5:58 | Jack Houston had just helped his buddy dress a wound when he volunteered to return to the Okinawa hilltop where they were getting the enemy cleared out. When he got the jump on three of them, his muzzle flash gave him away and he had to leave in a hurry. He flung himself off the hill where he came face to face with a rifle. Part 5 of 6. (This interview made possible with the support of JOHN & BARBARA MCCOY.)
Keywords : Jack Houston Okinawa Japanese Browning Automatic Rifle (BAR) machine gun Naval gunfire smokeless powder muzzle flash
Jack Houston tried to enlist in the Navy after all his friends from school had left. His parents quashed that because he was only 16, but they promised to sign for him when he graduated high school. In December of 1943, he enlisted in the Marines and headed for Parris Island, where he shattered the M1 record on the rifle range. (This interview made possible with the support of JOHN & BARBARA MCCOY.)
The battle for Guadalcanal was long over when Jack Houston arrived. Even the mosquitoes had been defeated. After training in the jungle and in a mock village, he headed to Okinawa with the 22nd Marines. They were amazed at the lack of resistance when they landed and moved north. (This interview made possible with the support of JOHN & BARBARA MCCOY.)
The Marines were way ahead of schedule moving through the northern end of Okinawa. Jack Houston found out that the rear was more dangerous than the front when his buddy fled the aid station back at the beach. He watched two ragged Japanese planes tangle with a Hellcat and a Corsair. He cheered when one was shot down but there was some bad news with that. (This interview made possible with the support of JOHN & BARBARA MCCOY.)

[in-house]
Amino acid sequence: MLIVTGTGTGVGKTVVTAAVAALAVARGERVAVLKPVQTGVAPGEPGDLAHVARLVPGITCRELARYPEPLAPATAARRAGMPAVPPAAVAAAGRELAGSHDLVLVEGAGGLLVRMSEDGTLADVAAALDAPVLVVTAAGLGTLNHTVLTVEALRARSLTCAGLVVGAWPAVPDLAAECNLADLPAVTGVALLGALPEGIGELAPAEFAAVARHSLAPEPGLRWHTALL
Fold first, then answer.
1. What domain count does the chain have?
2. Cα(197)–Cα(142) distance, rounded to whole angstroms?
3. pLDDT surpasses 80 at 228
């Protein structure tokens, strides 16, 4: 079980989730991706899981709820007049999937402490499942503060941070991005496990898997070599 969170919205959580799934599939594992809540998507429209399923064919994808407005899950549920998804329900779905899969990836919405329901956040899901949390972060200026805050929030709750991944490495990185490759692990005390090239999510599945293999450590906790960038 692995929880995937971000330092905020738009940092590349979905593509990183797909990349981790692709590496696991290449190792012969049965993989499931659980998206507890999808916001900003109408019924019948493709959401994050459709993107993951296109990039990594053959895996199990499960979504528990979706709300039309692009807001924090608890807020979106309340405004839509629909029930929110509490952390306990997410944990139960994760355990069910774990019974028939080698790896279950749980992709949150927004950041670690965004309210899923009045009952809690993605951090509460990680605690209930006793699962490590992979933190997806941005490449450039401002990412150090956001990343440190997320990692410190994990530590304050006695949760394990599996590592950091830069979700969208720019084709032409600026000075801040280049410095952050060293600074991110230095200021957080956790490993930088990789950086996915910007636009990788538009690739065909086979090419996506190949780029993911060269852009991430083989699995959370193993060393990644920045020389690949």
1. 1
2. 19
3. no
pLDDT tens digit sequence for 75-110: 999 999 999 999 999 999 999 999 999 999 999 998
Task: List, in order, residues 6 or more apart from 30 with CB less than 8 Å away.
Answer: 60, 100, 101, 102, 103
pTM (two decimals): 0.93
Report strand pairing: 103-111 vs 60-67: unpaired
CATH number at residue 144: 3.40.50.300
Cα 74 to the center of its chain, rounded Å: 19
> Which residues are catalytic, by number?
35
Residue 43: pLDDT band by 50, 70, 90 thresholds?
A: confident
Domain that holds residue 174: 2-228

After the northern part of Okinawa was secured, the Marines of the 22nd Regiment moved south. Jack Houston was sent to be point man for the whole division and he was given two flares. Red if he found nothing, green if he found the enemy. Warily he moved out. Part 1 of 6. (This interview made possible with the support of JOHN & BARBARA MCCOY.)
The Marines moved out with tanks and infantry and got shot all to hell, so they advanced to the rear. The same thing happened the next day and Jack Houston barely made it back. That's when he saw the bullet holes in his sleeves. His rifle was broken so he had to improvise. Part 2 of 6. (This interview made possible with the support of JOHN & BARBARA MCCOY.)
Normally, there would have been two Marines to a foxhole, but the 22nd had lost so many that most men were alone. Jack Houston remembers getting no sleep that long, Okinawa night because of the falling parachute flare casings landing all around him. When he moved out the next day, a bullet cracked past his ear, which caused him to begin a bad habit. Part 3 of 6. (This interview made possible with the support of JOHN & BARBARA MCCOY.)
Jack Houston was part of an ad hoc group of Marines from several hard hit units on Okinawa. He was worried because a major was talking kind of funny. It sounded like he wanted them to move on a hill at night, which was not standard procedure in the Marines. Part 4 of 6. (This interview made possible with the support of JOHN & BARBARA MCCOY.)
After three days of hellish fighting on Okinawa, Jack Houston heard someone yell that the 22nd Marines were relieved. He had just narrowly missed being killed by a mortar shell and, when he started back to the rear, everything seemed in slow motion. Part 6 of 6. (This interview made possible with the support of JOHN & BARBARA MCCOY.)